Negotiations between the UK and the EU to formalise the UK’s departure from the EU began in June and have continued on a monthly basis since then.
Although the Conservatives lost their overall majority in Westminster during the June General Election, the Conservative government is still aiming to leave both the EU Single Market and the Customs Union – a so-called "hard Brexit”. To that end, it has published a series of position papers over the summer, most of which argue for much of the status quo to continue, albeit with the UK outside these formal EU-based structures.
Both sides agreed to a phased approach to the negotiations. Phase 1, which has already started, would cover citizens’ rights, the issue of Northern Ireland,and the amount of money the UK will pay the EU when it leaves. If the EU judges that sufficient progress has been made on these issues by October, negotiations will move to phase 2, namely the future bilateral relationship, during which there would be initial discussions over a UK-EU trade deal. Note however that such a trade deal would only be finalised once the UK has formally left the EU.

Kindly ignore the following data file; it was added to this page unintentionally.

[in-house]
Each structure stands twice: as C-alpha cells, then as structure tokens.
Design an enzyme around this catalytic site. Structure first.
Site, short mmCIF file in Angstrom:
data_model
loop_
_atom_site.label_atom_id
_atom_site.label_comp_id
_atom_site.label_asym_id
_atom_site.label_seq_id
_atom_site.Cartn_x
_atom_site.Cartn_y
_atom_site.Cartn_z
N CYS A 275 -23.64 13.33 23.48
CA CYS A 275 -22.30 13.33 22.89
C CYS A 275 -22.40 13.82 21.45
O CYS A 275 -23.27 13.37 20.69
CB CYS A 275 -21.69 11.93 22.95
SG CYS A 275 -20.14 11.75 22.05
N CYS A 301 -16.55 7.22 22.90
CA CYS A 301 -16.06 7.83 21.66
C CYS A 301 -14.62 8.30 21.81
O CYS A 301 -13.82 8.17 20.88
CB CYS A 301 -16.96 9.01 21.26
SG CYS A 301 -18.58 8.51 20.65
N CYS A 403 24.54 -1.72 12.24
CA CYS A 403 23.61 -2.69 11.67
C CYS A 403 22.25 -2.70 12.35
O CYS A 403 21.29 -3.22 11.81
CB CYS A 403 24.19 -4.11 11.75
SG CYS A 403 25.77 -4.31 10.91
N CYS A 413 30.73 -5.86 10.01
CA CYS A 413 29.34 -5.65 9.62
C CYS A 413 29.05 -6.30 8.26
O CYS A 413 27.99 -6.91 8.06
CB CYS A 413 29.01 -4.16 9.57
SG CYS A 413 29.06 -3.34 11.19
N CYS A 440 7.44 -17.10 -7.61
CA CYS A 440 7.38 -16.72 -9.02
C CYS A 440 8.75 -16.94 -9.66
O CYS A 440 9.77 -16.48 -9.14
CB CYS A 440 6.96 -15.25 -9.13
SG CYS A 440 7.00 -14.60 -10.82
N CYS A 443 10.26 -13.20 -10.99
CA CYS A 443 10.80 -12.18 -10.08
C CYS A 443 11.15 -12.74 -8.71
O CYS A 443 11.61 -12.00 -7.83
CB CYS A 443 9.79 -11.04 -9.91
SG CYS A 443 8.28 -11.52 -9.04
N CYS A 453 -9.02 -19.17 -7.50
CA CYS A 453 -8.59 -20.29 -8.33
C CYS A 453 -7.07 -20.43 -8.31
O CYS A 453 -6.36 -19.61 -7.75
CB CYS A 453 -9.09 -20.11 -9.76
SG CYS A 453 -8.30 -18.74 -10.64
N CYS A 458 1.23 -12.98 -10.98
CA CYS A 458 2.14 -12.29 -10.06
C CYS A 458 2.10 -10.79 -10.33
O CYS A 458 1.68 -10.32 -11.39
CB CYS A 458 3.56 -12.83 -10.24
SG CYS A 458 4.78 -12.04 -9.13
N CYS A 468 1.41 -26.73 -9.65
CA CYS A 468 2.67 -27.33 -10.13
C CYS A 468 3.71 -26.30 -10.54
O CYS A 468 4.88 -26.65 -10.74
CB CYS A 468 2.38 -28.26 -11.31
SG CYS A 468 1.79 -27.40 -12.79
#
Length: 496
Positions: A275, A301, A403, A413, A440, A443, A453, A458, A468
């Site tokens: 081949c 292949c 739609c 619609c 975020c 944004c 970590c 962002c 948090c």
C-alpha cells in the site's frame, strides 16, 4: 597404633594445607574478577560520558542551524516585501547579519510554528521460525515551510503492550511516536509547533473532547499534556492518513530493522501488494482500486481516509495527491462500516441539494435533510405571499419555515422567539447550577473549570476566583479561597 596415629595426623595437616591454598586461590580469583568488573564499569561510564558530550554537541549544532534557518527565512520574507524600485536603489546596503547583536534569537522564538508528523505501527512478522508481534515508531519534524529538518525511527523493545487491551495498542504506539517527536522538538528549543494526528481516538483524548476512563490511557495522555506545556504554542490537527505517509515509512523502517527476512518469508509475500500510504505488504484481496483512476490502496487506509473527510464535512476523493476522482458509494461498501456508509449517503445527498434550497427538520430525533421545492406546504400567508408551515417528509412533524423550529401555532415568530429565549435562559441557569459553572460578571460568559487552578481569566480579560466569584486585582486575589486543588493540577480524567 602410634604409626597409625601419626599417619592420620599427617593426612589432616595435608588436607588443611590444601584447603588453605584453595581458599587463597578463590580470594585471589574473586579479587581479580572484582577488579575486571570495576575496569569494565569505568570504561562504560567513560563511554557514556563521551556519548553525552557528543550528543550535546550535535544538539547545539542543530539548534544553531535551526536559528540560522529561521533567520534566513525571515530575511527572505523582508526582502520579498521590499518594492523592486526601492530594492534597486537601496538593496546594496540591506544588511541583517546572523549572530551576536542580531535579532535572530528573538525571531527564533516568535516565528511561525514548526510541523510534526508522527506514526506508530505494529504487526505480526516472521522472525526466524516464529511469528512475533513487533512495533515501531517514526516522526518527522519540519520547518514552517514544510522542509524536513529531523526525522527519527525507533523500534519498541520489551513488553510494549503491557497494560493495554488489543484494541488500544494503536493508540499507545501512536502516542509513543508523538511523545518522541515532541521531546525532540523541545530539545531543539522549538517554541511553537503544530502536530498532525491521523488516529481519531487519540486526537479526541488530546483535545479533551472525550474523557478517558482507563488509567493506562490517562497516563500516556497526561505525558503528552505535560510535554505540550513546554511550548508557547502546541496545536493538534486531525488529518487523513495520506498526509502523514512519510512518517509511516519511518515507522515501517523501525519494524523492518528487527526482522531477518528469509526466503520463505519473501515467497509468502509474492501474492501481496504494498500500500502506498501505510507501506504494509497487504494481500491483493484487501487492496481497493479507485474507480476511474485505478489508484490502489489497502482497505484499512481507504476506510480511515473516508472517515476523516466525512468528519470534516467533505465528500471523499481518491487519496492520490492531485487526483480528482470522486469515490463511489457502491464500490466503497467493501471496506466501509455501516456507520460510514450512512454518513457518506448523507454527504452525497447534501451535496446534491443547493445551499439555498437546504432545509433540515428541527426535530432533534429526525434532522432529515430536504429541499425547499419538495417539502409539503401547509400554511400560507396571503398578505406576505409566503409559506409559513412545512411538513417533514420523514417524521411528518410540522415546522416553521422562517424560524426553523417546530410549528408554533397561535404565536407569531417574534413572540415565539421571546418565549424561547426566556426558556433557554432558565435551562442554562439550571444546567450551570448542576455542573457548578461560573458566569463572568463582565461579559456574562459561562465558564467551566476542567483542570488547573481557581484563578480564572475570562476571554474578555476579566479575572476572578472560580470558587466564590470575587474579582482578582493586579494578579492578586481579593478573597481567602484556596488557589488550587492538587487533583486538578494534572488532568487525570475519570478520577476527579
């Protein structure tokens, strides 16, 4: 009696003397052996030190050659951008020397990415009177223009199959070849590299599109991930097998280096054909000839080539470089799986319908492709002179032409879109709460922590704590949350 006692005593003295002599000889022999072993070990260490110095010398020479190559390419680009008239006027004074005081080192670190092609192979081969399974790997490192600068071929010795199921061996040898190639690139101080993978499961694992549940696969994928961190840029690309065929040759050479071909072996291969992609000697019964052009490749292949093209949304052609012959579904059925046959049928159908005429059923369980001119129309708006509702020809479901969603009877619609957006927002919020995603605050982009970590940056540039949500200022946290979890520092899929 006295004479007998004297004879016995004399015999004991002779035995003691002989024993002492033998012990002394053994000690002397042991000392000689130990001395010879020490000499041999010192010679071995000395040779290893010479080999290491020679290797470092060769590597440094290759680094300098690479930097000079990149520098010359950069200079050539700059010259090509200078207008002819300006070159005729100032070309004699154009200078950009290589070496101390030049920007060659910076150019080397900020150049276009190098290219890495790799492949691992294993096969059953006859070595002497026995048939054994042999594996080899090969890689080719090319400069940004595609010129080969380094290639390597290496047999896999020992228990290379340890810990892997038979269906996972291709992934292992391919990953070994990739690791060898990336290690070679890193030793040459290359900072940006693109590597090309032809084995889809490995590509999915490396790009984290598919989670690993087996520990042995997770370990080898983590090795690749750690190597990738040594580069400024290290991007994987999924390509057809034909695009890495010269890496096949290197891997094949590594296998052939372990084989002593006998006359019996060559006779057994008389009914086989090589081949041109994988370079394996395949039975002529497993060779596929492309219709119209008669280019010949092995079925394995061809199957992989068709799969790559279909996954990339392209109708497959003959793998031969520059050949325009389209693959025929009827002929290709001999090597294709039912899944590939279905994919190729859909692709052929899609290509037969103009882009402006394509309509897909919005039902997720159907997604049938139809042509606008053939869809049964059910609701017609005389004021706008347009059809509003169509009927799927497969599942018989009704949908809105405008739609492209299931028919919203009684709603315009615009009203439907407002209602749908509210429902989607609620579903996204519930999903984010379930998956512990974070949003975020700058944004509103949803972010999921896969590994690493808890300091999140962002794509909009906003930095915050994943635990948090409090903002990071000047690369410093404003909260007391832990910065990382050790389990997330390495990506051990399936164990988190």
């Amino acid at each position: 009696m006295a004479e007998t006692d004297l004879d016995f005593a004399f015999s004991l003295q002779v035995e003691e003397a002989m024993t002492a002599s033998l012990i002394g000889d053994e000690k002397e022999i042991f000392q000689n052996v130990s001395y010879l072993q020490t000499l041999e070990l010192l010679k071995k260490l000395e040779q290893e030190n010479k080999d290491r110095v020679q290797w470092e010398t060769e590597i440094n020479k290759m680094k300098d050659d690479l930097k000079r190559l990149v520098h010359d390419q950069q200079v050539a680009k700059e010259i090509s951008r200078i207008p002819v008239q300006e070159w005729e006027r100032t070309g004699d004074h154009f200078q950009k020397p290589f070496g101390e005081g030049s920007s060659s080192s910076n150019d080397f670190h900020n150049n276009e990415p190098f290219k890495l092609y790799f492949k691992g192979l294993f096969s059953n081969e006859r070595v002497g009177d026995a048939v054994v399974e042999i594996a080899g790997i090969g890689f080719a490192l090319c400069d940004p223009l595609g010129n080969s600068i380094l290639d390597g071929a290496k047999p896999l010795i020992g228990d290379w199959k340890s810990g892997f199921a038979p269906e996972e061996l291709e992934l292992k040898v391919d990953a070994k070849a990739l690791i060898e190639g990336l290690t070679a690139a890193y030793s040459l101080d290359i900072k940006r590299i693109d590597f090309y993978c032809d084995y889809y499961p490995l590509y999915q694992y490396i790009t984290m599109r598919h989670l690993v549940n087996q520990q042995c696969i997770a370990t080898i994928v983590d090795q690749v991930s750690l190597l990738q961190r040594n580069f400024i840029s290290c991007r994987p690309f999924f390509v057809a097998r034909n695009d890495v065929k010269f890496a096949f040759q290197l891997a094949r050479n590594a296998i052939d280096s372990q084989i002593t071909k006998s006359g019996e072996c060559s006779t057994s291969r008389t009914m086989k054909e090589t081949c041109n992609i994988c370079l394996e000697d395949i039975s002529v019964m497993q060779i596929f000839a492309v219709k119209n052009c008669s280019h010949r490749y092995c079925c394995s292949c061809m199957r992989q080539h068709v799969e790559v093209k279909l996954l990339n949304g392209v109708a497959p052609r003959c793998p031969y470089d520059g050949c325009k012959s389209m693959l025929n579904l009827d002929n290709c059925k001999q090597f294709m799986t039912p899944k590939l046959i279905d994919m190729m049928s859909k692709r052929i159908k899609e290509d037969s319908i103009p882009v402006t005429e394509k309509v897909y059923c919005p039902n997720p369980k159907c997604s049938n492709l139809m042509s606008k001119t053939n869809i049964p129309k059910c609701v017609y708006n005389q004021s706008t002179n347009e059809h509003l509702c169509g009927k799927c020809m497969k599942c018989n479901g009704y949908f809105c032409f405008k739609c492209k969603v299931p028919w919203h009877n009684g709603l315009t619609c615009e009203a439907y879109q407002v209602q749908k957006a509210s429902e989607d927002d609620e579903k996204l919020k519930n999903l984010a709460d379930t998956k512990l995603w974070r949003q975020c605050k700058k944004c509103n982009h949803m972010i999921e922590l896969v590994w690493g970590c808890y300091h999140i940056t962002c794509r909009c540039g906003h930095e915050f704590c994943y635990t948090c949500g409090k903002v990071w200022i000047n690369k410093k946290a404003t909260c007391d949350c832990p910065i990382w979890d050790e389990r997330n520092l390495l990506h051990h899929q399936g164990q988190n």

It is also likely that there will be some form of transition deal once the UK leaves the EU in March 2019. This could, for example, involve the UK continuing to be a member of the Single Market and the Customs Union for a 2-year period from March 2019, although the details have yet to be finalised.
To compensate for leaving the EU, the UK is in the process of ensuring that all existing EU legislation in the UK is automatically switched to legislation which is rooted in UK law – thus, there should be no major legislative changes in the short term, although the UK will be able to make its own changes to this legislation once it has left the EU as it sees fit.
Leaving the Single Market and the Customs Union will change the way in which EU-UK cross-border transactions are dealt with. Furthermore, as mentioned in our previous newsletter, the UK’s departure from the European Single Market could for example result in an EU Regulation on type approval no longer applying to the UK. Potentially, this means that type-approval certificates issued by the UK’s national type approval authority VCA may no longer be valid in the EU.
UEIL is watching the negotiations closely as both parties around the table try to come to a solution that works for both the EU and the UK.